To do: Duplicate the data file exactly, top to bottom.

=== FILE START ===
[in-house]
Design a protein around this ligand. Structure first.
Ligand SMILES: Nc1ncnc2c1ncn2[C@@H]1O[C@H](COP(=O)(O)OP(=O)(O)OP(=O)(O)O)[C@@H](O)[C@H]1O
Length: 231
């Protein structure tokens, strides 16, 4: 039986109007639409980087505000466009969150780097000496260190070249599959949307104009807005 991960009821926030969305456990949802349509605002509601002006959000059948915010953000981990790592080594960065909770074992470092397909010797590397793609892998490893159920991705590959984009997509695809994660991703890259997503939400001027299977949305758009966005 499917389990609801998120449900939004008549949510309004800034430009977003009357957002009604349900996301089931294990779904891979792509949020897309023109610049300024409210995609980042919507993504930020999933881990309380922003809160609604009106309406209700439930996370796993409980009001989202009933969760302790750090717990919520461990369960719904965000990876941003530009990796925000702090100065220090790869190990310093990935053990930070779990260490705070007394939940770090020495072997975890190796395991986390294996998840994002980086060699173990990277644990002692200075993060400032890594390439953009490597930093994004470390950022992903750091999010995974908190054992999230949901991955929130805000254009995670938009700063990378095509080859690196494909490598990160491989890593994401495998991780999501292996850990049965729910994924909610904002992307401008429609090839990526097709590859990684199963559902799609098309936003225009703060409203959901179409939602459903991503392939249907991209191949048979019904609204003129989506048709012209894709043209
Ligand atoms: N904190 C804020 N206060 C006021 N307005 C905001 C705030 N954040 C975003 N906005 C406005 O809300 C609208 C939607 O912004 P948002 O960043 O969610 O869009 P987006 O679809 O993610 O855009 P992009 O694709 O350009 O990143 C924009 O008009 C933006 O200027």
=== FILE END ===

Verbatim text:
[in-house]
Design a protein around this ligand. Structure first.
Ligand SMILES: Nc1ncnc2c1ncn2[C@@H]1O[C@H](COP(=O)(O)OP(=O)(O)OP(=O)(O)O)[C@@H](O)[C@H]1O
Length: 231
């Protein structure tokens, strides 16, 4: 039986109007639409980087505000466009969150780097000496260190070249599959949307104009807005 991960009821926030969305456990949802349509605002509601002006959000059948915010953000981990790592080594960065909770074992470092397909010797590397793609892998490893159920991705590959984009997509695809994660991703890259997503939400001027299977949305758009966005 499917389990609801998120449900939004008549949510309004800034430009977003009357957002009604349900996301089931294990779904891979792509949020897309023109610049300024409210995609980042919507993504930020999933881990309380922003809160609604009106309406209700439930996370796993409980009001989202009933969760302790750090717990919520461990369960719904965000990876941003530009990796925000702090100065220090790869190990310093990935053990930070779990260490705070007394939940770090020495072997975890190796395991986390294996998840994002980086060699173990990277644990002692200075993060400032890594390439953009490597930093994004470390950022992903750091999010995974908190054992999230949901991955929130805000254009995670938009700063990378095509080859690196494909490598990160491989890593994401495998991780999501292996850990049965729910994924909610904002992307401008429609090839990526097709590859990684199963559902799609098309936003225009703060409203959901179409939602459903991503392939249907991209191949048979019904609204003129989506048709012209894709043209
Ligand atoms: N904190 C804020 N206060 C006021 N307005 C905001 C705030 N954040 C975003 N906005 C406005 O809300 C609208 C939607 O912004 P948002 O960043 O969610 O869009 P987006 O679809 O993610 O855009 P992009 O694709 O350009 O990143 C924009 O008009 C933006 O200027």